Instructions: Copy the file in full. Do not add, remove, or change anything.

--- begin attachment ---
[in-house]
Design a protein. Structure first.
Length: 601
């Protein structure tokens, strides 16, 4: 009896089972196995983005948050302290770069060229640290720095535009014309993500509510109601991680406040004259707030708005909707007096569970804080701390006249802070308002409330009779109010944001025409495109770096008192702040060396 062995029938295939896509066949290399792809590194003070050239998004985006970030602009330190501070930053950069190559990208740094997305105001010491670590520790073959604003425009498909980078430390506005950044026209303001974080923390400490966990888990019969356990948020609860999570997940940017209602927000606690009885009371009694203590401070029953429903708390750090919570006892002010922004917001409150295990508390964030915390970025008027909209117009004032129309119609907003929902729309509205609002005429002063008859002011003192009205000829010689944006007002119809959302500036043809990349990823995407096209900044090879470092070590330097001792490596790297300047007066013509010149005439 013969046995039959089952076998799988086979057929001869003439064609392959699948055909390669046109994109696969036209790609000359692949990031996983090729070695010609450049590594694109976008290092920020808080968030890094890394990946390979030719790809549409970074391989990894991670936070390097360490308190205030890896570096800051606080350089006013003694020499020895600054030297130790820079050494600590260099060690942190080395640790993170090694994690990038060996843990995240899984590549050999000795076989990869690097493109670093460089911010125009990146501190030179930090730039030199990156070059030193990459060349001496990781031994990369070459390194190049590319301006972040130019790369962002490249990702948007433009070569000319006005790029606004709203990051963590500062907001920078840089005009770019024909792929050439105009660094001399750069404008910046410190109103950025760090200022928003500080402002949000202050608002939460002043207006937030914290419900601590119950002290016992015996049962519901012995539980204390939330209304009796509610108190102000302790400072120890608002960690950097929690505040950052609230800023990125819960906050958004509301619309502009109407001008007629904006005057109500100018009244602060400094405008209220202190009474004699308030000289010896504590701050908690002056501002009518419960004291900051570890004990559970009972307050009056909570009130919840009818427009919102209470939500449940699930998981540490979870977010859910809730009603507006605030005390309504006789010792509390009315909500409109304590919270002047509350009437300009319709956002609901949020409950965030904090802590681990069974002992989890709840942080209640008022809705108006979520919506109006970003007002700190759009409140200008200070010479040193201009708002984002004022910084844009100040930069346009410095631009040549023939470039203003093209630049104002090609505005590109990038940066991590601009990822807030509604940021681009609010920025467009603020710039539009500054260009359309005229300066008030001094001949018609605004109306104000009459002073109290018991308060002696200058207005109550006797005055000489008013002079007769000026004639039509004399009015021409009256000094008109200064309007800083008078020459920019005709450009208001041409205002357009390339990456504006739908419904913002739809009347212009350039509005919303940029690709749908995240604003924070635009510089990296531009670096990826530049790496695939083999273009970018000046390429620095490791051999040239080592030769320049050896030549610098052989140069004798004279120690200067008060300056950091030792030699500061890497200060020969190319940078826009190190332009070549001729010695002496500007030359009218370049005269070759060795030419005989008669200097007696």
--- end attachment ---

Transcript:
[in-house]
Design a protein. Structure first.
Length: 601
């Protein structure tokens, strides 16, 4: 009896089972196995983005948050302290770069060229640290720095535009014309993500509510109601991680406040004259707030708005909707007096569970804080701390006249802070308002409330009779109010944001025409495109770096008192702040060396 062995029938295939896509066949290399792809590194003070050239998004985006970030602009330190501070930053950069190559990208740094997305105001010491670590520790073959604003425009498909980078430390506005950044026209303001974080923390400490966990888990019969356990948020609860999570997940940017209602927000606690009885009371009694203590401070029953429903708390750090919570006892002010922004917001409150295990508390964030915390970025008027909209117009004032129309119609907003929902729309509205609002005429002063008859002011003192009205000829010689944006007002119809959302500036043809990349990823995407096209900044090879470092070590330097001792490596790297300047007066013509010149005439 013969046995039959089952076998799988086979057929001869003439064609392959699948055909390669046109994109696969036209790609000359692949990031996983090729070695010609450049590594694109976008290092920020808080968030890094890394990946390979030719790809549409970074391989990894991670936070390097360490308190205030890896570096800051606080350089006013003694020499020895600054030297130790820079050494600590260099060690942190080395640790993170090694994690990038060996843990995240899984590549050999000795076989990869690097493109670093460089911010125009990146501190030179930090730039030199990156070059030193990459060349001496990781031994990369070459390194190049590319301006972040130019790369962002490249990702948007433009070569000319006005790029606004709203990051963590500062907001920078840089005009770019024909792929050439105009660094001399750069404008910046410190109103950025760090200022928003500080402002949000202050608002939460002043207006937030914290419900601590119950002290016992015996049962519901012995539980204390939330209304009796509610108190102000302790400072120890608002960690950097929690505040950052609230800023990125819960906050958004509301619309502009109407001008007629904006005057109500100018009244602060400094405008209220202190009474004699308030000289010896504590701050908690002056501002009518419960004291900051570890004990559970009972307050009056909570009130919840009818427009919102209470939500449940699930998981540490979870977010859910809730009603507006605030005390309504006789010792509390009315909500409109304590919270002047509350009437300009319709956002609901949020409950965030904090802590681990069974002992989890709840942080209640008022809705108006979520919506109006970003007002700190759009409140200008200070010479040193201009708002984002004022910084844009100040930069346009410095631009040549023939470039203003093209630049104002090609505005590109990038940066991590601009990822807030509604940021681009609010920025467009603020710039539009500054260009359309005229300066008030001094001949018609605004109306104000009459002073109290018991308060002696200058207005109550006797005055000489008013002079007769000026004639039509004399009015021409009256000094008109200064309007800083008078020459920019005709450009208001041409205002357009390339990456504006739908419904913002739809009347212009350039509005919303940029690709749908995240604003924070635009510089990296531009670096990826530049790496695939083999273009970018000046390429620095490791051999040239080592030769320049050896030549610098052989140069004798004279120690200067008060300056950091030792030699500061890497200060020969190319940078826009190190332009070549001729010695002496500007030359009218370049005269070759060795030419005989008669200097007696």